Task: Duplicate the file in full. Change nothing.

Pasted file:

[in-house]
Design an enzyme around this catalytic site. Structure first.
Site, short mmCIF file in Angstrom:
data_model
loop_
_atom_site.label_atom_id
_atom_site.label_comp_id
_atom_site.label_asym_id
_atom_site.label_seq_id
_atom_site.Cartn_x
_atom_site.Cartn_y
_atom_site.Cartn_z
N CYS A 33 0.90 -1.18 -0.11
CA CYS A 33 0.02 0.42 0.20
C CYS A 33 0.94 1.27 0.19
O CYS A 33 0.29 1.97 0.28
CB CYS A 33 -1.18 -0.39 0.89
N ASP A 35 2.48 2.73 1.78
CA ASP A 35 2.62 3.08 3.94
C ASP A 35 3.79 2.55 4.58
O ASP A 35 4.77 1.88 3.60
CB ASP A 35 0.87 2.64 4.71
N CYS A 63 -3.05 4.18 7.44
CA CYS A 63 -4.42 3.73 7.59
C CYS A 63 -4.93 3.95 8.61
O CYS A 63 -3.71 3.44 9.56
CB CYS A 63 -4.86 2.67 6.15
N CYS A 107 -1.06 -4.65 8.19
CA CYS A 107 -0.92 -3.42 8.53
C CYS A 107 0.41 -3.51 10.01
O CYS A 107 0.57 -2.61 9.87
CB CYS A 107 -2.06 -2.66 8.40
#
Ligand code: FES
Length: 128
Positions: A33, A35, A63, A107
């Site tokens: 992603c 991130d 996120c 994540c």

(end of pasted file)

[in-house]
Design an enzyme around this catalytic site. Structure first.
Site, short mmCIF file in Angstrom:
data_model
loop_
_atom_site.label_atom_id
_atom_site.label_comp_id
_atom_site.label_asym_id
_atom_site.label_seq_id
_atom_site.Cartn_x
_atom_site.Cartn_y
_atom_site.Cartn_z
N CYS A 33 0.90 -1.18 -0.11
CA CYS A 33 0.02 0.42 0.20
C CYS A 33 0.94 1.27 0.19
O CYS A 33 0.29 1.97 0.28
CB CYS A 33 -1.18 -0.39 0.89
N ASP A 35 2.48 2.73 1.78
CA ASP A 35 2.62 3.08 3.94
C ASP A 35 3.79 2.55 4.58
O ASP A 35 4.77 1.88 3.60
CB ASP A 35 0.87 2.64 4.71
N CYS A 63 -3.05 4.18 7.44
CA CYS A 63 -4.42 3.73 7.59
C CYS A 63 -4.93 3.95 8.61
O CYS A 63 -3.71 3.44 9.56
CB CYS A 63 -4.86 2.67 6.15
N CYS A 107 -1.06 -4.65 8.19
CA CYS A 107 -0.92 -3.42 8.53
C CYS A 107 0.41 -3.51 10.01
O CYS A 107 0.57 -2.61 9.87
CB CYS A 107 -2.06 -2.66 8.40
#
Ligand code: FES
Length: 128
Positions: A33, A35, A63, A107
């Site tokens: 992603c 991130d 996120c 994540c």